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WorldTies: Rev. Sun Myung Moon: Love Affairs with Bush's Buddies

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  • Damian J. Anderson
    This article about Rev. Moon appeared in the publication Gay Today on Wednesday 23 March 2005. Satan is testifying to God s work.
    Message 1 of 1 , Mar 23, 2005
      This article about Rev. Moon appeared in the publication Gay Today on Wednesday 23 March 2005. Satan is testifying to God's work.
       
       
      Vol. VIII Issue 167 Wednesday, March 23, 2005
      People
      Rev. Sun Myung Moon: Love Affairs with Bush's Buddies

      By Bill Berkowitz

      Every week, Andrew Sullivan, the neo-conservative GOP-friendly gay pundit, writes an opinion piece for the Washington Times. Sullivan may or may not be aware that the newspaper's owner, the Rev. Sun Myung Moon, in a 1997 speech titled the "Reverend Moon Speaks on Restoration of True Sonship" said "The Mafia tried to destroy Father [Rev. Moon], but they have not succeeded. All those gays and lesbians will eventually realize that they need families also. They will probably be at the end of the line following Father in the future."

      For more than two decades the Rev. Moon has been a powerful and influential political figure, despite being more than a bit out of step with mainstream America. Now, perhaps thinking of his own mortality, he has become more visible, staging and sponsoring numerous events and conferences. A revivified Rev. Sun Myung Moon is planting the seeds of his political legacy -- and he's getting help from his friends in the Bush Administration.
      The Rev. Sun Myung Moon's Washington Times newspaper has been quite favorable to the Bush administration

      On December 19, 2002, while many Americans were caught up in Trent Lott's troubles or trying to figure out what to get their mother-in-law for Christmas, the Corporation for National and Community Service announced the appointment of three managers to oversee AmeriCorps. David Caprara, the newly appointed director of AmeriCorps*VISTA (Volunteers in Service to America), comes to government service from having served as president of the American Family Coalition, an organization many observers say is a "front" organization for the Rev. Sun Myung Moon.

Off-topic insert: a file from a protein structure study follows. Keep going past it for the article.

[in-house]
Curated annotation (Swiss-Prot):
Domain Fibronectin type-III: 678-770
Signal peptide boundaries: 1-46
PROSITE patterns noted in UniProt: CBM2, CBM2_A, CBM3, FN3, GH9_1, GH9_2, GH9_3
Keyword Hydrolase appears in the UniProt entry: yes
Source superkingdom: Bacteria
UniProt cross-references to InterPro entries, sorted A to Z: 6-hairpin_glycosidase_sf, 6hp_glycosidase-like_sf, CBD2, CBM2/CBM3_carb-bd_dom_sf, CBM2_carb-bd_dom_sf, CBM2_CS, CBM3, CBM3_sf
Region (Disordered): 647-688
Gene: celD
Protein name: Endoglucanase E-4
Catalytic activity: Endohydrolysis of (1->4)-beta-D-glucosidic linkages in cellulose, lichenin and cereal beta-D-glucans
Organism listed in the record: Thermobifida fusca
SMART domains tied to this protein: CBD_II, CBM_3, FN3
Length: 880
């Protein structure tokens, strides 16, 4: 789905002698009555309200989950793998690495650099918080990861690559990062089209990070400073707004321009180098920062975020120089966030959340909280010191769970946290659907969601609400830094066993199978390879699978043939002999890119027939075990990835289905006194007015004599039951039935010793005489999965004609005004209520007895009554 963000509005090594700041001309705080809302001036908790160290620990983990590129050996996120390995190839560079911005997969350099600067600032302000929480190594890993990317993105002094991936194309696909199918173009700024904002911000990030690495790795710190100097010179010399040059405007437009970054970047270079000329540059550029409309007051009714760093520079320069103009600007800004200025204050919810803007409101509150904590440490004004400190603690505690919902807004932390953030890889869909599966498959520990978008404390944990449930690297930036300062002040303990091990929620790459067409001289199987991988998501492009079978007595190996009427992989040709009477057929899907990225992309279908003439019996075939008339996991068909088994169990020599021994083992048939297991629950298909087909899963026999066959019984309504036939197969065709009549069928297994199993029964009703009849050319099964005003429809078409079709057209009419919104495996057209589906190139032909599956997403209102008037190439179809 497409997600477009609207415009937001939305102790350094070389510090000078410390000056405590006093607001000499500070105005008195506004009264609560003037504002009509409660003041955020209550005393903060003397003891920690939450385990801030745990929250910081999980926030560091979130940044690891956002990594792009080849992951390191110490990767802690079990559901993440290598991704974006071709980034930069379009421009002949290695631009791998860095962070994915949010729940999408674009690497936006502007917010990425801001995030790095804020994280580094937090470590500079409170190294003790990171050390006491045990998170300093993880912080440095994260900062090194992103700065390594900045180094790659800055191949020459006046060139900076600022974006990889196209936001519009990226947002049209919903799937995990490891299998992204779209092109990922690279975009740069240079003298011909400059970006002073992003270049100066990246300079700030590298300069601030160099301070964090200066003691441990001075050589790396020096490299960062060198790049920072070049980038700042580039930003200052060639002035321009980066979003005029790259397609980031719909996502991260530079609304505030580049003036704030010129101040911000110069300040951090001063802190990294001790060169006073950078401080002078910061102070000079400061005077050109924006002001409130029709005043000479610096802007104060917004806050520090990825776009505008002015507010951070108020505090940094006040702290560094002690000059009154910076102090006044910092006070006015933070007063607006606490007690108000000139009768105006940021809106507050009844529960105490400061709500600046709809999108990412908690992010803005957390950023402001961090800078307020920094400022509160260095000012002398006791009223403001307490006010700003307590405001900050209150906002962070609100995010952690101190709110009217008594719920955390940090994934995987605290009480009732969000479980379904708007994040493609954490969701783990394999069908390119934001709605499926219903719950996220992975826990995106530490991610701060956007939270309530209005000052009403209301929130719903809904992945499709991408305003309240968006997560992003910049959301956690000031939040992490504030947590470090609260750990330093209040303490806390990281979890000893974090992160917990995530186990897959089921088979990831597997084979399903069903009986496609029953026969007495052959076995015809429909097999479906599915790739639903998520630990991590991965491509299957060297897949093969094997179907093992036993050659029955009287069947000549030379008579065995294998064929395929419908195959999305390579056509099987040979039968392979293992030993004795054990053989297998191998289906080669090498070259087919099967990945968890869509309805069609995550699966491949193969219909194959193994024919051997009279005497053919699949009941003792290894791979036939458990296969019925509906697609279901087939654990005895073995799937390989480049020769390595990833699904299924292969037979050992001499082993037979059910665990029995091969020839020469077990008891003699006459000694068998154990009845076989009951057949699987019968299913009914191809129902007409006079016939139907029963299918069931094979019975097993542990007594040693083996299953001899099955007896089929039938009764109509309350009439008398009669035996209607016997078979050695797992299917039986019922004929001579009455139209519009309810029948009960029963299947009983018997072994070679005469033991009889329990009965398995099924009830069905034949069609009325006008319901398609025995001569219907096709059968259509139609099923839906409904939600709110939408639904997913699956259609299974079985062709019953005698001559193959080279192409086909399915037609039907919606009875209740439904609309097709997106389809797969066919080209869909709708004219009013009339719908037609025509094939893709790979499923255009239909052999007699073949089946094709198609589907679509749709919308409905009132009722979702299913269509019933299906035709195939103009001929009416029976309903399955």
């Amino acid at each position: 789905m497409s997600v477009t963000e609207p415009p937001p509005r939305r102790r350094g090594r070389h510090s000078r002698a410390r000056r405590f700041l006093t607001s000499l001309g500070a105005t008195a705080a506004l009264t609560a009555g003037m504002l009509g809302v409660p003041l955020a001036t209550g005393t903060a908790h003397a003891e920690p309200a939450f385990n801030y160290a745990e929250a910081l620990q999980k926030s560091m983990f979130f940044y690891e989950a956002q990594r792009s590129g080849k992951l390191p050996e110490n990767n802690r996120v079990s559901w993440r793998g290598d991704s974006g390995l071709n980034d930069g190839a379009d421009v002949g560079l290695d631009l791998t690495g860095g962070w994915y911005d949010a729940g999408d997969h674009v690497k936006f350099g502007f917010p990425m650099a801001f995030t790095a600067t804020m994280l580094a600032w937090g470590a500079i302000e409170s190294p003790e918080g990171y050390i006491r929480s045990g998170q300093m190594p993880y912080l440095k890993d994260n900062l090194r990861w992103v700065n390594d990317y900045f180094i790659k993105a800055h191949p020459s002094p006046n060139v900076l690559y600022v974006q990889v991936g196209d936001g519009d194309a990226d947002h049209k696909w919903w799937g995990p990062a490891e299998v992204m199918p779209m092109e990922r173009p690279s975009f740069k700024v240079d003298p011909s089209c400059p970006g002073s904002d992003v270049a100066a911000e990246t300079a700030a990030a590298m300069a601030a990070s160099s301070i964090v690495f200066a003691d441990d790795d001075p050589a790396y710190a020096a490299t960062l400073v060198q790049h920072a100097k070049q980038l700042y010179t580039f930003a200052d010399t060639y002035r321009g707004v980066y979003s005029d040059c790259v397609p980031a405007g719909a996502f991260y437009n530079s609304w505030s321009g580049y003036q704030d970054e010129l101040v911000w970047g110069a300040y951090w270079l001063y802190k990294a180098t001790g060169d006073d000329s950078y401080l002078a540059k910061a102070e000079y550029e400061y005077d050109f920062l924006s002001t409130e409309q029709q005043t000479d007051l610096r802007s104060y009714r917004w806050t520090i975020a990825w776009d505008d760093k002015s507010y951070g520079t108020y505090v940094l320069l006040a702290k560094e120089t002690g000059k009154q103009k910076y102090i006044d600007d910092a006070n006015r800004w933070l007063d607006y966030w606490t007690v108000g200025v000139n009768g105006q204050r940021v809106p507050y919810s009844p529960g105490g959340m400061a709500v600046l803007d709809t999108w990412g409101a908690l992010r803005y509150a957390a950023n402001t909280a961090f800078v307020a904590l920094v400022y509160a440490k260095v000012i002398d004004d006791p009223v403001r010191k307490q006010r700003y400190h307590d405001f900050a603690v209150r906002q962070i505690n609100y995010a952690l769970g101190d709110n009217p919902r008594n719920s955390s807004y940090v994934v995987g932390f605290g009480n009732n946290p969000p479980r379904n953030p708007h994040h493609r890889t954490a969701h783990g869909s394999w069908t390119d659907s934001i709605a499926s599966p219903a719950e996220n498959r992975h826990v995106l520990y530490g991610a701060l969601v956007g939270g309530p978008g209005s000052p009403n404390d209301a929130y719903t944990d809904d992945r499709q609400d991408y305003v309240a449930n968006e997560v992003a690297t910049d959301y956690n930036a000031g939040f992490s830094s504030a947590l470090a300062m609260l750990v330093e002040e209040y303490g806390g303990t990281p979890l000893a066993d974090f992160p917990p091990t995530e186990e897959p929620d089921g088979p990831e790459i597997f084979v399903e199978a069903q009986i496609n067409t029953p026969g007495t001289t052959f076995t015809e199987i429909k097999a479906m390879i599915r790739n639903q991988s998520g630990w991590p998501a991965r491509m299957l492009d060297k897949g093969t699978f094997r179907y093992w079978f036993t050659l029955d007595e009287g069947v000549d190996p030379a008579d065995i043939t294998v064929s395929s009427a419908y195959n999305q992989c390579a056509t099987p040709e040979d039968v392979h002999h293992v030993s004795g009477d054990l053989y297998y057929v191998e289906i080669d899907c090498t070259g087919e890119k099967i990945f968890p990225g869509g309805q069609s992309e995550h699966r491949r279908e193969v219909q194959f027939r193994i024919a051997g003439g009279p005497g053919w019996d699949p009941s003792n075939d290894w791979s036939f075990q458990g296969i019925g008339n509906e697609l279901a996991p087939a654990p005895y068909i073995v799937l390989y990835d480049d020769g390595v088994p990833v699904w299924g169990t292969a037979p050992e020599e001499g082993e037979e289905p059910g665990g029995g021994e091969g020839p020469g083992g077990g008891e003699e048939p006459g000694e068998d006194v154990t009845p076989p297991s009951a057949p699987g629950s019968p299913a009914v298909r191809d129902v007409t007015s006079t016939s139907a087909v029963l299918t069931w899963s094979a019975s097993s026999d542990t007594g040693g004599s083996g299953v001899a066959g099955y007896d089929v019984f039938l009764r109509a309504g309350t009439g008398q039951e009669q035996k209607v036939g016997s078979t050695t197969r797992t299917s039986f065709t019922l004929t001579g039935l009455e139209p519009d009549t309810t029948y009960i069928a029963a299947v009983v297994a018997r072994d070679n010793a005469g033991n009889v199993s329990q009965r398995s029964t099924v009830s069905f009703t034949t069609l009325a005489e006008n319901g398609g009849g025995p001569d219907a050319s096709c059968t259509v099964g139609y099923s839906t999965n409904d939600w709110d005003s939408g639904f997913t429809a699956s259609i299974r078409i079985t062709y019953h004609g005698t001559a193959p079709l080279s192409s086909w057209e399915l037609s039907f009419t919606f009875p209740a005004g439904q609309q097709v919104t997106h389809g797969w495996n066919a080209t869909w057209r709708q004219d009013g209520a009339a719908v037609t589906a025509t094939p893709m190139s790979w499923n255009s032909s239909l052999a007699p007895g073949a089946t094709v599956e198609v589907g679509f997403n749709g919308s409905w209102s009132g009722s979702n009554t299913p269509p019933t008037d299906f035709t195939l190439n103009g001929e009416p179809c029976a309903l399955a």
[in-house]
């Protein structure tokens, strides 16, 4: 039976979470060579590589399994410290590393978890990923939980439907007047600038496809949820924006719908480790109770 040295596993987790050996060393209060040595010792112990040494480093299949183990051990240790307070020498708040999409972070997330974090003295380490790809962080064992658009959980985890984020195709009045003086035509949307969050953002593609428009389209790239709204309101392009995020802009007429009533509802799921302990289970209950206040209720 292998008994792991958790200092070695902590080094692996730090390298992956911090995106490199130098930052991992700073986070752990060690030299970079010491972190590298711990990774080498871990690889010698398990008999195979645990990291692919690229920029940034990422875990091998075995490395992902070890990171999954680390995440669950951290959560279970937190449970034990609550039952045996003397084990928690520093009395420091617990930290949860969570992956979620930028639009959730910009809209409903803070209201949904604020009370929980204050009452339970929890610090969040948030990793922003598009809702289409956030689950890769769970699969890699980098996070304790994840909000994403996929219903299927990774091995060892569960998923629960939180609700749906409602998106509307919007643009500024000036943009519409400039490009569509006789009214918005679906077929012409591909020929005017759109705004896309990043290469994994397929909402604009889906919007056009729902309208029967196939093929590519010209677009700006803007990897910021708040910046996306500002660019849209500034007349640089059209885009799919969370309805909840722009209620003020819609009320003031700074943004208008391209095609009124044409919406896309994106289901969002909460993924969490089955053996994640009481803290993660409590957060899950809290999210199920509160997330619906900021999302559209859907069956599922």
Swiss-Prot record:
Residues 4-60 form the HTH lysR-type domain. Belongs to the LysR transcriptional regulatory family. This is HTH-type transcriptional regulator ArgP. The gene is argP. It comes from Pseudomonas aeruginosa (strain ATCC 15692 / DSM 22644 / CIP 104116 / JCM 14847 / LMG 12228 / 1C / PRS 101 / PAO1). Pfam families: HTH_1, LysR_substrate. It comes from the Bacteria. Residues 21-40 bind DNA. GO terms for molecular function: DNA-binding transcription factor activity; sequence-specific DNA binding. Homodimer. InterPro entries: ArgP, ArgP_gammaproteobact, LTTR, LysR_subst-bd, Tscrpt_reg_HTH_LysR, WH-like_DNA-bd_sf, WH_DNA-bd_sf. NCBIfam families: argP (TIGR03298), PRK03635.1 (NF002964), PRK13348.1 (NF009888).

Caprara's appointment is the latest in a series of events signifying a close relationship between the Bush Administration and the Rev. Moon's Unification Church.

      On January 19, 2001, one day before George W. Bush was sworn in as President, the Rev. Moon sponsored a prayer luncheon that brought together some 1,700 religious, civic, and political leaders. In the crowd was a bevy of Christian Right luminaries including the Rev. Jerry Falwell, former National Evangelical Association President Don Argue, Trinity Broadcasting Network's Paul Crouch and the Southern Baptist Convention's (SBC) president, executive committee president and CEO, as well as Richard Land, the president of SBC's Ethics & Religious Liberty Commission.

      John Ashcroft cozied up to Moon John Ashcroft, who had not yet been confirmed as Attorney General, dropped by and "brought down the house…with a tale of amazing grace," reported a front-page story in the Washington Times. The Rev. Moon addressed the crowd and handed out free copies of one of his books and other Unification church materials.

      When SBC leaders discovered that the event had been sponsored by the Rev. Moon's Washington Times they were surprised: "We knew that it was going to be an interdenominational event, but we had no idea that the luncheon was hosted by the Moonies," claimed one SBC spokesperson.

      A few months later, the American Leadership Conference (ALC), a project of the American Family Coalition and The Washington Times Foundation - both Moon-sponsored groups - sent thousands of invitations to clergy and community leaders inviting them to attend local events called "Faith-Based Initiatives For Family and Community Renewal." According to Church & State's Rob Boston, "The flyer promised that the 'cutting edge program' would 'provide the latest information on innovative policies and programs from the Executive and Congressional leadership in Washington; and build alliances for faith-based services at the state and community level.'"

      Boston, assistant director of communications for Americans United for Separation of Church and State, pointed out the "faith-based summit" was actually held in Washington, D.C. and down-linked by satellite to more than forty participating sites. The summit was organized by a number of leading GOP congressional figures including Bush's faith-based point-men, now former Rep. J.C. Watts (R-Okla.) and Sen. Rick Santorum (R-Pa.). And, "efforts to promote it at the grassroots level were turned over to a Moon organization," which Boston writes, gave them "an official relationship with the Republican leadership" and this "enhanced status enabled him to do grassroots political organizing - and religious recruitment - with the apparent blessing of Bush and his GOP allies in Congress."